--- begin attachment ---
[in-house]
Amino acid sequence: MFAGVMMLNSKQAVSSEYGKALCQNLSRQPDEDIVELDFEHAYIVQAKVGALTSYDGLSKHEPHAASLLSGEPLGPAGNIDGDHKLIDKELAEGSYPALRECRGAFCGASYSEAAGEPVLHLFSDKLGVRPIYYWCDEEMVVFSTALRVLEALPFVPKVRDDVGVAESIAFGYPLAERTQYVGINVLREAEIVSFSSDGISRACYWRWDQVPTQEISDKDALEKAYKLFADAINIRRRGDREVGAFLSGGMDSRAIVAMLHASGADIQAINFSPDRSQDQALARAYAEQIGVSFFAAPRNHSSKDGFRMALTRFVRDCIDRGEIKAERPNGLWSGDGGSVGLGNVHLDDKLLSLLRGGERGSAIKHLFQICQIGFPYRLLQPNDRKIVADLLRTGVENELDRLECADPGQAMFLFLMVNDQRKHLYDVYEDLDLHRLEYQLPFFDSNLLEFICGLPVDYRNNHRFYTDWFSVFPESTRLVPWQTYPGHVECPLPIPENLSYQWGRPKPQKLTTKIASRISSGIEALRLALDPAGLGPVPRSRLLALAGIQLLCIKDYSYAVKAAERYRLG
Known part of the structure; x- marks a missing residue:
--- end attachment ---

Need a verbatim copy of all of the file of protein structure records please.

[in-house]
Amino acid sequence: MFAGVMMLNSKQAVSSEYGKALCQNLSRQPDEDIVELDFEHAYIVQAKVGALTSYDGLSKHEPHAASLLSGEPLGPAGNIDGDHKLIDKELAEGSYPALRECRGAFCGASYSEAAGEPVLHLFSDKLGVRPIYYWCDEEMVVFSTALRVLEALPFVPKVRDDVGVAESIAFGYPLAERTQYVGINVLREAEIVSFSSDGISRACYWRWDQVPTQEISDKDALEKAYKLFADAINIRRRGDREVGAFLSGGMDSRAIVAMLHASGADIQAINFSPDRSQDQALARAYAEQIGVSFFAAPRNHSSKDGFRMALTRFVRDCIDRGEIKAERPNGLWSGDGGSVGLGNVHLDDKLLSLLRGGERGSAIKHLFQICQIGFPYRLLQPNDRKIVADLLRTGVENELDRLECADPGQAMFLFLMVNDQRKHLYDVYEDLDLHRLEYQLPFFDSNLLEFICGLPVDYRNNHRFYTDWFSVFPESTRLVPWQTYPGHVECPLPIPENLSYQWGRPKPQKLTTKIASRISSGIEALRLALDPAGLGPVPRSRLLALAGIQLLCIKDYSYAVKAAERYRLG
Known part of the structure; x- marks a missing residue: